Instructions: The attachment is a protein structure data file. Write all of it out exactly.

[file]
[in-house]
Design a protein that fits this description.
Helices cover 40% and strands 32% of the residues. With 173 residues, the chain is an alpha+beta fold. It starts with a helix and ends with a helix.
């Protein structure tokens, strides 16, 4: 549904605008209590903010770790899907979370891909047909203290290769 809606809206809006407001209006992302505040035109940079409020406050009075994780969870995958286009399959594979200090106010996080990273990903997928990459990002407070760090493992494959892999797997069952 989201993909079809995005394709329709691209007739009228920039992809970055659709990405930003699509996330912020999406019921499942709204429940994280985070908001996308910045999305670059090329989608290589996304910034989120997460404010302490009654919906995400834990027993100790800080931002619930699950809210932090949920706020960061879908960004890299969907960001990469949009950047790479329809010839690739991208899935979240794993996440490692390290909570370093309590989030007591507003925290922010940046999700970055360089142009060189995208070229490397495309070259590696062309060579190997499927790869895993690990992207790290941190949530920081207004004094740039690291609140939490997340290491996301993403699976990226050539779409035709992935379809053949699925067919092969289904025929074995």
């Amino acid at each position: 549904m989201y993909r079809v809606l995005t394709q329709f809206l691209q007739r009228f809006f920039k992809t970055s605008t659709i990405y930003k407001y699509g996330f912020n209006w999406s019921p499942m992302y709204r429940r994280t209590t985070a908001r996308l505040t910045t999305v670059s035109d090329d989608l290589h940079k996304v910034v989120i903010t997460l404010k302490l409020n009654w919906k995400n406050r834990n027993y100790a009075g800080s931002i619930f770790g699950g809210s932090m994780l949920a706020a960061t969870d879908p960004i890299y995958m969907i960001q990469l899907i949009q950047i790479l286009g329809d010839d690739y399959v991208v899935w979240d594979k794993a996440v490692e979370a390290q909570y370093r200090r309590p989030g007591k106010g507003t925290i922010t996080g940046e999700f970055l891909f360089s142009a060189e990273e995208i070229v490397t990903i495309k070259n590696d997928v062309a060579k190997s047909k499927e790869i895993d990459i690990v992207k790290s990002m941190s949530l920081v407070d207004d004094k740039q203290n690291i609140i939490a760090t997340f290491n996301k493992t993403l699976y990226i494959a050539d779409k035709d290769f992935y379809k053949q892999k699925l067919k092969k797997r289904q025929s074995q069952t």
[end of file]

[in-house]
Design a protein that fits this description.
Helices cover 40% and strands 32% of the residues. With 173 residues, the chain is an alpha+beta fold. It starts with a helix and ends with a helix.
């Protein structure tokens, strides 16, 4: 549904605008209590903010770790899907979370891909047909203290290769 809606809206809006407001209006992302505040035109940079409020406050009075994780969870995958286009399959594979200090106010996080990273990903997928990459990002407070760090493992494959892999797997069952 989201993909079809995005394709329709691209007739009228920039992809970055659709990405930003699509996330912020999406019921499942709204429940994280985070908001996308910045999305670059090329989608290589996304910034989120997460404010302490009654919906995400834990027993100790800080931002619930699950809210932090949920706020960061879908960004890299969907960001990469949009950047790479329809010839690739991208899935979240794993996440490692390290909570370093309590989030007591507003925290922010940046999700970055360089142009060189995208070229490397495309070259590696062309060579190997499927790869895993690990992207790290941190949530920081207004004094740039690291609140939490997340290491996301993403699976990226050539779409035709992935379809053949699925067919092969289904025929074995």
């Amino acid at each position: 549904m989201y993909r079809v809606l995005t394709q329709f809206l691209q007739r009228f809006f920039k992809t970055s605008t659709i990405y930003k407001y699509g996330f912020n209006w999406s019921p499942m992302y709204r429940r994280t209590t985070a908001r996308l505040t910045t999305v670059s035109d090329d989608l290589h940079k996304v910034v989120i903010t997460l404010k302490l409020n009654w919906k995400n406050r834990n027993y100790a009075g800080s931002i619930f770790g699950g809210s932090m994780l949920a706020a960061t969870d879908p960004i890299y995958m969907i960001q990469l899907i949009q950047i790479l286009g329809d010839d690739y399959v991208v899935w979240d594979k794993a996440v490692e979370a390290q909570y370093r200090r309590p989030g007591k106010g507003t925290i922010t996080g940046e999700f970055l891909f360089s142009a060189e990273e995208i070229v490397t990903i495309k070259n590696d997928v062309a060579k190997s047909k499927e790869i895993d990459i690990v992207k790290s990002m941190s949530l920081v407070d207004d004094k740039q203290n690291i609140i939490a760090t997340f290491n996301k493992t993403l699976y990226i494959a050539d779409k035709d290769f992935y379809k053949q892999k699925l067919k092969k797997r289904q025929s074995q069952t």